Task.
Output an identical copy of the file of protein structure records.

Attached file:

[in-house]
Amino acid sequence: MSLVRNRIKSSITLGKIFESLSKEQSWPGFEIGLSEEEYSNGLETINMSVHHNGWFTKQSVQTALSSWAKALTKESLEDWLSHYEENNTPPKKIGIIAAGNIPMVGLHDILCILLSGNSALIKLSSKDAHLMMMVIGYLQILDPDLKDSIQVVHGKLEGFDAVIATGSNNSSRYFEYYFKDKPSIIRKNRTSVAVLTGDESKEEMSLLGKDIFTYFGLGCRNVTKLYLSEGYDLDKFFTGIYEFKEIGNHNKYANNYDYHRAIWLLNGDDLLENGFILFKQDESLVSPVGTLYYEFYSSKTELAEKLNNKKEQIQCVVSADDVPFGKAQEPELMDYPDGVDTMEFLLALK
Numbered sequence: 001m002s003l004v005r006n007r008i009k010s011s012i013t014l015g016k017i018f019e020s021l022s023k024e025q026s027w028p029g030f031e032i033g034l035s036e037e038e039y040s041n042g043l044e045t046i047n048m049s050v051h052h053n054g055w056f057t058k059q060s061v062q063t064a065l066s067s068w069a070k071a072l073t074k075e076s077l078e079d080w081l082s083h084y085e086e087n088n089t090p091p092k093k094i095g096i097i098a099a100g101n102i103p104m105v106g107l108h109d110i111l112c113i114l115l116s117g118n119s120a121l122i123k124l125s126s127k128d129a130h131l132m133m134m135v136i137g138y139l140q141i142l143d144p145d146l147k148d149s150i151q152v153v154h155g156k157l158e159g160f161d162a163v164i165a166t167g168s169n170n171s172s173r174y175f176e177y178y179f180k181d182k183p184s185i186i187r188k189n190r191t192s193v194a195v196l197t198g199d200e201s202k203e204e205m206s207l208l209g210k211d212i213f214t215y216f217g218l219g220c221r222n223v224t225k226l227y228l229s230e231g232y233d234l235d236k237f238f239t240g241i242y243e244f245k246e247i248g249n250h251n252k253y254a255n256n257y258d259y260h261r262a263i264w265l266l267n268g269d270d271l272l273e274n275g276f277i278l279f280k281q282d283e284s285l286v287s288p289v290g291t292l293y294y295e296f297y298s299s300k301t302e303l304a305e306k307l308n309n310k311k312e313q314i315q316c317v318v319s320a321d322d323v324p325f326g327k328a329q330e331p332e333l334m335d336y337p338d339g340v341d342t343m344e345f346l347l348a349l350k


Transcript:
[in-house]
Amino acid sequence: MSLVRNRIKSSITLGKIFESLSKEQSWPGFEIGLSEEEYSNGLETINMSVHHNGWFTKQSVQTALSSWAKALTKESLEDWLSHYEENNTPPKKIGIIAAGNIPMVGLHDILCILLSGNSALIKLSSKDAHLMMMVIGYLQILDPDLKDSIQVVHGKLEGFDAVIATGSNNSSRYFEYYFKDKPSIIRKNRTSVAVLTGDESKEEMSLLGKDIFTYFGLGCRNVTKLYLSEGYDLDKFFTGIYEFKEIGNHNKYANNYDYHRAIWLLNGDDLLENGFILFKQDESLVSPVGTLYYEFYSSKTELAEKLNNKKEQIQCVVSADDVPFGKAQEPELMDYPDGVDTMEFLLALK
Numbered sequence: 001m002s003l004v005r006n007r008i009k010s011s012i013t014l015g016k017i018f019e020s021l022s023k024e025q026s027w028p029g030f031e032i033g034l035s036e037e038e039y040s041n042g043l044e045t046i047n048m049s050v051h052h053n054g055w056f057t058k059q060s061v062q063t064a065l066s067s068w069a070k071a072l073t074k075e076s077l078e079d080w081l082s083h084y085e086e087n088n089t090p091p092k093k094i095g096i097i098a099a100g101n102i103p104m105v106g107l108h109d110i111l112c113i114l115l116s117g118n119s120a121l122i123k124l125s126s127k128d129a130h131l132m133m134m135v136i137g138y139l140q141i142l143d144p145d146l147k148d149s150i151q152v153v154h155g156k157l158e159g160f161d162a163v164i165a166t167g168s169n170n171s172s173r174y175f176e177y178y179f180k181d182k183p184s185i186i187r188k189n190r191t192s193v194a195v196l197t198g199d200e201s202k203e204e205m206s207l208l209g210k211d212i213f214t215y216f217g218l219g220c221r222n223v224t225k226l227y228l229s230e231g232y233d234l235d236k237f238f239t240g241i242y243e244f245k246e247i248g249n250h251n252k253y254a255n256n257y258d259y260h261r262a263i264w265l266l267n268g269d270d271l272l273e274n275g276f277i278l279f280k281q282d283e284s285l286v287s288p289v290g291t292l293y294y295e296f297y298s299s300k301t302e303l304a305e306k307l308n309n310k311k312e313q314i315q316c317v318v319s320a321d322d323v324p325f326g327k328a329q330e331p332e333l334m335d336y337p338d339g340v341d342t343m344e345f346l347l348a349l350k